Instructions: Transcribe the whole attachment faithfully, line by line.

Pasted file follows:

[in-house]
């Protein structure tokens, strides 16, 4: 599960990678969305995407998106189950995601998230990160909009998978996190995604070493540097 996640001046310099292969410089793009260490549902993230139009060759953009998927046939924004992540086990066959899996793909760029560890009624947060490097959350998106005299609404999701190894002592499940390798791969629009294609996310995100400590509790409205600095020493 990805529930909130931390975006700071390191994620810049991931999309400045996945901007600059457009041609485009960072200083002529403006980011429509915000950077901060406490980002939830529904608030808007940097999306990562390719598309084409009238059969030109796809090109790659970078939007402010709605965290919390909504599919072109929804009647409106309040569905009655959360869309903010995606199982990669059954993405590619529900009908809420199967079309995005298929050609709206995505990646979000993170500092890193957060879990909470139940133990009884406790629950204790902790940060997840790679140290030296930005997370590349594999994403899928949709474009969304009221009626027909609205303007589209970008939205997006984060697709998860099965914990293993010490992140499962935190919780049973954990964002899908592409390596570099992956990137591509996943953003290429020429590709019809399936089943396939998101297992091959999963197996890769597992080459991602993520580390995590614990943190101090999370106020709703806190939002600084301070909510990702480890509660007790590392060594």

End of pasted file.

[in-house]
């Protein structure tokens, strides 16, 4: 599960990678969305995407998106189950995601998230990160909009998978996190995604070493540097 996640001046310099292969410089793009260490549902993230139009060759953009998927046939924004992540086990066959899996793909760029560890009624947060490097959350998106005299609404999701190894002592499940390798791969629009294609996310995100400590509790409205600095020493 990805529930909130931390975006700071390191994620810049991931999309400045996945901007600059457009041609485009960072200083002529403006980011429509915000950077901060406490980002939830529904608030808007940097999306990562390719598309084409009238059969030109796809090109790659970078939007402010709605965290919390909504599919072109929804009647409106309040569905009655959360869309903010995606199982990669059954993405590619529900009908809420199967079309995005298929050609709206995505990646979000993170500092890193957060879990909470139940133990009884406790629950204790902790940060997840790679140290030296930005997370590349594999994403899928949709474009969304009221009626027909609205303007589209970008939205997006984060697709998860099965914990293993010490992140499962935190919780049973954990964002899908592409390596570099992956990137591509996943953003290429020429590709019809399936089943396939998101297992091959999963197996890769597992080459991602993520580390995590614990943190101090999370106020709703806190939002600084301070909510990702480890509660007790590392060594």